How education, awareness help combat human trafficking

HumanTrafficking Training at LVMPD Headquarters

Christopher DeVargas

U.S. Attorney Nicholas Trutanich conducts a training session on human trafficking at Metro Police headquarters, Wednesday, Jan. 15, 2020.

Friday, Jan. 17, 2020 | 2 a.m.

In the crusade to eradicate human trafficking, awareness is golden.

And in Las Vegas in recent years, a more informed public has translated to more arrests, prosecutions and victims rescued from the affliction of this modern-day slavery, said Nicholas Trutanich, U.S. attorney for the district of Nevada.

Human trafficking is a $150-billion-a-year industry that affects about 20 million victims, with most of its earnings originating from sexual exploitation. January is National Slavery and Human Trafficking Prevention Month.

Trutanich’s message was directed to a couple of dozen attendees gathered Wednesday at Metro Police headquarters for a two-hour training session.

Attendees heard from Homeland Security Investigations, whose officials dove into the differences between human trafficking and human smuggling: trafficked victims don’t come to the United States voluntarily, although smuggled persons sometimes are kidnapped and exploited.

Both industries, however, are lucrative, illicit and part of organized criminal networks. Trafficking victims are not always prostituted, HSI Special Agent Jeffery Reza said. He remembers a California case in which a wealthy family was exploiting domestic workers, paying them a couple of dollars an hour even when they had millions of dollars to their name.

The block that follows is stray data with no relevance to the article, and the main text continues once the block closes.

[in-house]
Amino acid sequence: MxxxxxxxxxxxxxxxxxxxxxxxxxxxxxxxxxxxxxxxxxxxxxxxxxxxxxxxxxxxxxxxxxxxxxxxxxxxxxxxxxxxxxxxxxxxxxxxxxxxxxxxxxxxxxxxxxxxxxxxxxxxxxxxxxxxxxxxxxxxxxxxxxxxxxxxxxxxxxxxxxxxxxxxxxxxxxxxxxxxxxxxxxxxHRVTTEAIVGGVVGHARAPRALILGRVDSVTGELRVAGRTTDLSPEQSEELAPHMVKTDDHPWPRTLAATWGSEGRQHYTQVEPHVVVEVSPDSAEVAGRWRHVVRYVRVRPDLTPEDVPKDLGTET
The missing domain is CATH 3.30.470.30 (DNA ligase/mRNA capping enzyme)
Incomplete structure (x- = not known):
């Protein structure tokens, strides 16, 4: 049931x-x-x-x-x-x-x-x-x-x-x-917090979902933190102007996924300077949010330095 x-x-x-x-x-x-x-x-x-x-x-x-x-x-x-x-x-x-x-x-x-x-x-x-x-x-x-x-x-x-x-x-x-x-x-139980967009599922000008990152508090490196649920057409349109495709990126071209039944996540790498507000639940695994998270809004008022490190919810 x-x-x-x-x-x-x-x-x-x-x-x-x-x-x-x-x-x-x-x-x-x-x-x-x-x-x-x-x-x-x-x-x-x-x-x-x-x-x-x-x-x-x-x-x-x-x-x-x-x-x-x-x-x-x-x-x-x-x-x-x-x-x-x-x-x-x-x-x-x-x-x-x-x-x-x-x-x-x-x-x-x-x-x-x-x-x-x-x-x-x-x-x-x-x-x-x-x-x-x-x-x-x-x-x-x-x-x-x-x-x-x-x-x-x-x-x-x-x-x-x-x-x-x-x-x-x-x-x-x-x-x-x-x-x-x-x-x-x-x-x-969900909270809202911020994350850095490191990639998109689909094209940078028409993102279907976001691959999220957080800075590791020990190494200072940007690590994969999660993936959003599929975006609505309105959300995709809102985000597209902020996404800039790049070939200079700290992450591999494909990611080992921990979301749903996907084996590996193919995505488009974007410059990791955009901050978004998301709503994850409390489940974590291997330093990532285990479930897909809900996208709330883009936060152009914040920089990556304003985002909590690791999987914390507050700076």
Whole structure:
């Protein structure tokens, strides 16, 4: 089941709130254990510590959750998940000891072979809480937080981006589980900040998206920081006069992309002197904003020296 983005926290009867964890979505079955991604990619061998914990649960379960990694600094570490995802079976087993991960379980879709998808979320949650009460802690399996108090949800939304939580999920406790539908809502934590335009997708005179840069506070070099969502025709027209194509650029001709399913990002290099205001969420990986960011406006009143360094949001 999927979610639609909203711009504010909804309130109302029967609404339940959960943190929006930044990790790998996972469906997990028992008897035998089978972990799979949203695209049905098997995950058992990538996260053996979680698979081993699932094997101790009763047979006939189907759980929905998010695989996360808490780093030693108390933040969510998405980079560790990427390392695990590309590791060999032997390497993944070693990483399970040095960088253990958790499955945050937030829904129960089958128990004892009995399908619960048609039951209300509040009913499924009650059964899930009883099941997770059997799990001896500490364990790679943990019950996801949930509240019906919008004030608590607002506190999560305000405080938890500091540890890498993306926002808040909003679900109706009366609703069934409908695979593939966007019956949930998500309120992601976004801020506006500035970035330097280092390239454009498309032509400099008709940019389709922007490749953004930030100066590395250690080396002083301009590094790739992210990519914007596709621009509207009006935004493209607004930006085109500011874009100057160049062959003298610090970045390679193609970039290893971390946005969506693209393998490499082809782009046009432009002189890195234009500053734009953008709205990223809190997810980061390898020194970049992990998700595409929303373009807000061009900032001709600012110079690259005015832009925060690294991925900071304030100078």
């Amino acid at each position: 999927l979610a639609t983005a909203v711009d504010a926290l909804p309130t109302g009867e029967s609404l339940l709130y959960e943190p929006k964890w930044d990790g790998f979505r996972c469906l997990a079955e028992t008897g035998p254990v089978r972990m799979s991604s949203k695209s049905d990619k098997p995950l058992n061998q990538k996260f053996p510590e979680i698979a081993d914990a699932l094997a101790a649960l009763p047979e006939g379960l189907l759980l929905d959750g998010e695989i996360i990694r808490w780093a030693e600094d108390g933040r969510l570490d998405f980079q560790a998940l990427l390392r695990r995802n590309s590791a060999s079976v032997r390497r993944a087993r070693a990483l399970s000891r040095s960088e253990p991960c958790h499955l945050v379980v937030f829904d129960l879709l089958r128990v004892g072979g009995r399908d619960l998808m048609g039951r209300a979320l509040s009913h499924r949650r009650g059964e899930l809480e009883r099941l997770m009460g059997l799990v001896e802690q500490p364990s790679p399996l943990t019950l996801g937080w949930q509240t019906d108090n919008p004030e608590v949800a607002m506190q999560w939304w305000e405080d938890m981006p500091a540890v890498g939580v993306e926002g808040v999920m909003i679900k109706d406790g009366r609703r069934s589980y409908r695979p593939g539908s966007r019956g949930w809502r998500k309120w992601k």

In 2018, HSI pursued 849 human trafficking investigations, made 1,588 arrests, which led to 538 convictions and 308 victims identified, according to a slide presented by Reza. On Wednesday, the Department of Homeland Security released a report outlining its five-year strategy to combat human trafficking, which it deems a growing problem.

Trutanich touted the Dec. 31 indictment of Jacques Anton Lanier — who also used the alias John Dupree. Prosecutors allege the suspect coerced eight underage girls, forcing some of the victims into prostitution. He said his office would also be aggressively prosecuting not just the traffickers, but also those who make the business profitable.

Attendees also heard from Charletta Zamora-Cruz, an HSI victim assistance specialist, who spoke about best methods to humanely and sensitively approach victims, who’ve been through so much. Neither of them ever dreamed of being sex workers, she said. Mike Crabtree, a representative with U.S. Citizenship and Immigration Services, spoke about different visas available to victims of crimes, and how to apply for them.

Wednesday’s class was part of a continuing collaboration between authorities and its community partners. Next week, officials will meet with those advocates who couldn’t make it to this class, said Trisha Young, spokeswoman with the U.S. attorney’s office. 

These partnerships are crucial because not one entity could combat human trafficking alone, said Elynne Greene, manager with Metro’s victim services and human trafficking special victims unit, who attended the training.

If there are outreach and education opportunities, the persons learning can spread that information, Greene said. “It’s just about awareness.”